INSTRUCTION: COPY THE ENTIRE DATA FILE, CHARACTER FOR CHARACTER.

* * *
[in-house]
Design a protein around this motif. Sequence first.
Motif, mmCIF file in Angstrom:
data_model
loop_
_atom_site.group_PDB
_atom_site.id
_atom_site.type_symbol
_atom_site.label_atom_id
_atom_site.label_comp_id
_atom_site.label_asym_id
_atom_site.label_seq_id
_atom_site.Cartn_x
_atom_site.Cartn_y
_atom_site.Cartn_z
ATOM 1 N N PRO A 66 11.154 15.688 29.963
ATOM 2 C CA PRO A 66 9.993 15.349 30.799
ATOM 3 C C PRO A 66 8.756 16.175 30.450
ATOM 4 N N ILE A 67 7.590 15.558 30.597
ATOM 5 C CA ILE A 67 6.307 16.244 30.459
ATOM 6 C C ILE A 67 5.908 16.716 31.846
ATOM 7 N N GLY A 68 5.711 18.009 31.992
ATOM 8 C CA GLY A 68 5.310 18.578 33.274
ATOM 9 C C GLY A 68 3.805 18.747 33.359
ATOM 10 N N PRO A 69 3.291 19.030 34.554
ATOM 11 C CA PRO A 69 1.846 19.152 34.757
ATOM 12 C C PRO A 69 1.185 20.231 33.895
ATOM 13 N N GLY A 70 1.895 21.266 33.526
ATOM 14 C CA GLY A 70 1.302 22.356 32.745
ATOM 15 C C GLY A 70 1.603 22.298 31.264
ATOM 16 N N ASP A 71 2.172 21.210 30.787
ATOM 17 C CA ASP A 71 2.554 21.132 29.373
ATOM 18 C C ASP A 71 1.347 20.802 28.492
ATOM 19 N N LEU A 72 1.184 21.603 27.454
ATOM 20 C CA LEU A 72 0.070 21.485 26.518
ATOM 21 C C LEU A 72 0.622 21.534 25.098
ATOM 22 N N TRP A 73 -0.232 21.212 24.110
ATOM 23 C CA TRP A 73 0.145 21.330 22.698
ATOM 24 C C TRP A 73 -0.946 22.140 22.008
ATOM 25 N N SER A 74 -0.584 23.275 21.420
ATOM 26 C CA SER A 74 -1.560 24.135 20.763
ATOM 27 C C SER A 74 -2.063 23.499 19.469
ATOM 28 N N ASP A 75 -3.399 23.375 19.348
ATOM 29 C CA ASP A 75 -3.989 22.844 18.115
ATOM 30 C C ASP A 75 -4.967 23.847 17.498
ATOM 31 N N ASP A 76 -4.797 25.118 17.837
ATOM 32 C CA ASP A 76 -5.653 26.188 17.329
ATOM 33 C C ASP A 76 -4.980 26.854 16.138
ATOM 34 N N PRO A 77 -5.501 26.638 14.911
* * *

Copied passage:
[in-house]
Design a protein around this motif. Sequence first.
Motif, mmCIF file in Angstrom:
data_model
loop_
_atom_site.group_PDB
_atom_site.id
_atom_site.type_symbol
_atom_site.label_atom_id
_atom_site.label_comp_id
_atom_site.label_asym_id
_atom_site.label_seq_id
_atom_site.Cartn_x
_atom_site.Cartn_y
_atom_site.Cartn_z
ATOM 1 N N PRO A 66 11.154 15.688 29.963
ATOM 2 C CA PRO A 66 9.993 15.349 30.799
ATOM 3 C C PRO A 66 8.756 16.175 30.450
ATOM 4 N N ILE A 67 7.590 15.558 30.597
ATOM 5 C CA ILE A 67 6.307 16.244 30.459
ATOM 6 C C ILE A 67 5.908 16.716 31.846
ATOM 7 N N GLY A 68 5.711 18.009 31.992
ATOM 8 C CA GLY A 68 5.310 18.578 33.274
ATOM 9 C C GLY A 68 3.805 18.747 33.359
ATOM 10 N N PRO A 69 3.291 19.030 34.554
ATOM 11 C CA PRO A 69 1.846 19.152 34.757
ATOM 12 C C PRO A 69 1.185 20.231 33.895
ATOM 13 N N GLY A 70 1.895 21.266 33.526
ATOM 14 C CA GLY A 70 1.302 22.356 32.745
ATOM 15 C C GLY A 70 1.603 22.298 31.264
ATOM 16 N N ASP A 71 2.172 21.210 30.787
ATOM 17 C CA ASP A 71 2.554 21.132 29.373
ATOM 18 C C ASP A 71 1.347 20.802 28.492
ATOM 19 N N LEU A 72 1.184 21.603 27.454
ATOM 20 C CA LEU A 72 0.070 21.485 26.518
ATOM 21 C C LEU A 72 0.622 21.534 25.098
ATOM 22 N N TRP A 73 -0.232 21.212 24.110
ATOM 23 C CA TRP A 73 0.145 21.330 22.698
ATOM 24 C C TRP A 73 -0.946 22.140 22.008
ATOM 25 N N SER A 74 -0.584 23.275 21.420
ATOM 26 C CA SER A 74 -1.560 24.135 20.763
ATOM 27 C C SER A 74 -2.063 23.499 19.469
ATOM 28 N N ASP A 75 -3.399 23.375 19.348
ATOM 29 C CA ASP A 75 -3.989 22.844 18.115
ATOM 30 C C ASP A 75 -4.967 23.847 17.498
ATOM 31 N N ASP A 76 -4.797 25.118 17.837
ATOM 32 C CA ASP A 76 -5.653 26.188 17.329
ATOM 33 C C ASP A 76 -4.980 26.854 16.138
ATOM 34 N N PRO A 77 -5.501 26.638 14.911